One of the guys from there contacted me and said, “Hey, do you have documents from the ’90s?” I got them out of my attic and sent them over. They came up a couple of weeks ago with this apology for the Times’s role in racism over the last 100 years. I thought, “Wow. I would never have expected to see that editorial run in the Times.” It was heartening for me to see that, but at the same time, it’s so sad that came almost 30 years after we tried to change some things there. To me, this moment feels like an opportunity, but I’m still skeptical as well.
Staten: Even the most optimistic, advocacy-driven, passionate individuals — I’d classify myself as one of those — have our moments of skepticism as well. It’s a human response. You can stand in a moment and look back and say, “Wow, why didn’t it happen then?” We had so many chances to change the dialogue. Why didn’t it happen then? What makes this moment special?
I ask myself some of those same questions, but I think back to where I started my career in politics. Finding myself drawn toward empowering communities. What I do now is an extension of that, helping provide access and opportunity to create change, helping people fulfill dreams, helping fight sometimes, in many respects, systems that prevent advancement.
But you look at the moment we’re in right now, and to some extent it’s intangible. But look how many people are saying, “This is it. This is a moment.” It may not be the moment, because there’s going to be a series of moments that are born out of this moment that will ultimately create change. But did any of us think back in May or June, as the summer rolled through, that we’d still, in October, be having conversations about change, about investment? Seeing more people getting on board, seeing people double down and want to continue to drive change.
I look at some of the companies in the industry, and not just to pick — it’s hard to pick one or two, because almost everyone is charting their own path in their own time. They’ve all participated in some way. But many of them are coming through. Even the ESA Foundation. To simplify it, we kicked off our commitment. We’ve renewed our focus on needing to have this conversation and address this. We’ve already put some money behind it. Now, what do we need to do next to make it sustainable?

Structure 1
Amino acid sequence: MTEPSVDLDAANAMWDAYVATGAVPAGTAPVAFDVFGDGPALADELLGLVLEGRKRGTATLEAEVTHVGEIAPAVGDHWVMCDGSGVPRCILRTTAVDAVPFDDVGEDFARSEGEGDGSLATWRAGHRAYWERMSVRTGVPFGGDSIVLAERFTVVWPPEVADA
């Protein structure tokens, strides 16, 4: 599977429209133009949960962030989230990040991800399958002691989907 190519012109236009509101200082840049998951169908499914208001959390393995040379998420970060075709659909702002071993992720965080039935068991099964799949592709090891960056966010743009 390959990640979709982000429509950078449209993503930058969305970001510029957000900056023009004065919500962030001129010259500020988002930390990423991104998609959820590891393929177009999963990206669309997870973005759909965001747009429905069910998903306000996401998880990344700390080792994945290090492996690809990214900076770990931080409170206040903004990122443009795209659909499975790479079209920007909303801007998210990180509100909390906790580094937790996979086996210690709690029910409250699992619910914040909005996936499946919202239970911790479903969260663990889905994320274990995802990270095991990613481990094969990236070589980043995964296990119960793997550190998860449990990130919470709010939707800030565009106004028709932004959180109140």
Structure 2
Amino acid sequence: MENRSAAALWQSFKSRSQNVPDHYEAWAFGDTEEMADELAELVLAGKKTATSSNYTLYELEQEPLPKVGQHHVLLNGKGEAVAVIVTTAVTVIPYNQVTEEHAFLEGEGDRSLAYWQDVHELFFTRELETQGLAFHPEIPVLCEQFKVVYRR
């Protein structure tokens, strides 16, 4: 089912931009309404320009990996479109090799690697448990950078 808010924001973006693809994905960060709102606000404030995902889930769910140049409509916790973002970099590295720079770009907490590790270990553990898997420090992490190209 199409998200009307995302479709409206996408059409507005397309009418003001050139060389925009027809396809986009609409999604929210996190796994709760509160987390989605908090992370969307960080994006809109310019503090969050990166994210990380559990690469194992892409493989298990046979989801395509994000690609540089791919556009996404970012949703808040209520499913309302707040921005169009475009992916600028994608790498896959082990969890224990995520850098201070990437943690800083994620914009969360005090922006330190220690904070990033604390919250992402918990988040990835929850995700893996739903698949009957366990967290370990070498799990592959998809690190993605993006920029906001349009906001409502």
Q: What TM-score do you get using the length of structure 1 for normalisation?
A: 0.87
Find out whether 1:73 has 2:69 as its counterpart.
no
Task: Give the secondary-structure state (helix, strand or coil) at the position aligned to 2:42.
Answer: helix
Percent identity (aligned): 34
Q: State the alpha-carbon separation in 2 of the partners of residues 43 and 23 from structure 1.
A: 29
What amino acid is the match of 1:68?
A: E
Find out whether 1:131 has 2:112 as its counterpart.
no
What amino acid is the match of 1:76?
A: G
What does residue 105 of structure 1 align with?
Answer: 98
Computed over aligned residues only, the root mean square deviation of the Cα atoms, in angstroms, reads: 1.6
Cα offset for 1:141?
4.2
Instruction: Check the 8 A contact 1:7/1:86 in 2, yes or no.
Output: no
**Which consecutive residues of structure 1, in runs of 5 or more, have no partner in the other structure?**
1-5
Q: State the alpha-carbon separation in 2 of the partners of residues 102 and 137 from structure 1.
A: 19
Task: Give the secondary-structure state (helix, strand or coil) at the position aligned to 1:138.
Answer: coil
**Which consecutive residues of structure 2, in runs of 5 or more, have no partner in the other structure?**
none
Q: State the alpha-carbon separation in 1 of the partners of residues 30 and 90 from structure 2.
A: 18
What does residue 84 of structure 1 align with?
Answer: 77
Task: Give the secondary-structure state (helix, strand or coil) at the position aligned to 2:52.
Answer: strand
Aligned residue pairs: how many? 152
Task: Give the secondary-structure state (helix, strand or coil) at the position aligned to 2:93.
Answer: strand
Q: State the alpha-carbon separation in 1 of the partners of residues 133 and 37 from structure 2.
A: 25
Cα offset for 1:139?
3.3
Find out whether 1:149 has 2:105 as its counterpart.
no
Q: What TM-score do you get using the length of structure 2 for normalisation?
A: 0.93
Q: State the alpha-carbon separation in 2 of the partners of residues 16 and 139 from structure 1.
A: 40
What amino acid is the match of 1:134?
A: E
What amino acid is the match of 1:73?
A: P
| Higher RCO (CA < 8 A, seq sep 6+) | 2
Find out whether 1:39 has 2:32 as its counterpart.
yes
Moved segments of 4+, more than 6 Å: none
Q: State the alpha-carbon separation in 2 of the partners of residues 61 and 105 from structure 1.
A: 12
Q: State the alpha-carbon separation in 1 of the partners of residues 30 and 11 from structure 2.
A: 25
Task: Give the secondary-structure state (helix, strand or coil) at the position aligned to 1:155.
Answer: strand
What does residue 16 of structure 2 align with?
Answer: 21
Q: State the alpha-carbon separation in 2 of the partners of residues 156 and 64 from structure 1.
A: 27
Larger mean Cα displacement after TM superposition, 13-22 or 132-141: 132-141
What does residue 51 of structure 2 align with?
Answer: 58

From my perspective, between being part of politics, moving into the non-profit space, and then the non-profit space inside this industry, this is having a lot of conversation about empowering future generation, empowering underrepresented communities. Students who want to get into games making games. I have not seen, in this industry and outside this industry, true sustained conversations about how we actually bring sustainable change. Not just putting out individual flags and markers and hoping in that moment, in opportunities in the past. This is a sustained thing.
I don’t want to be too optimistic. It’s not an overnight solution. Change is not going to happen on a dime. But if we all are committed to realizing we might fumble, it’s a long road, and we all need to help each other — that includes sharing in the responsibility, sharing in the opportunities to educate people, raising our hands when we need to, and making room for others. I don’t know. I feel pretty good about it.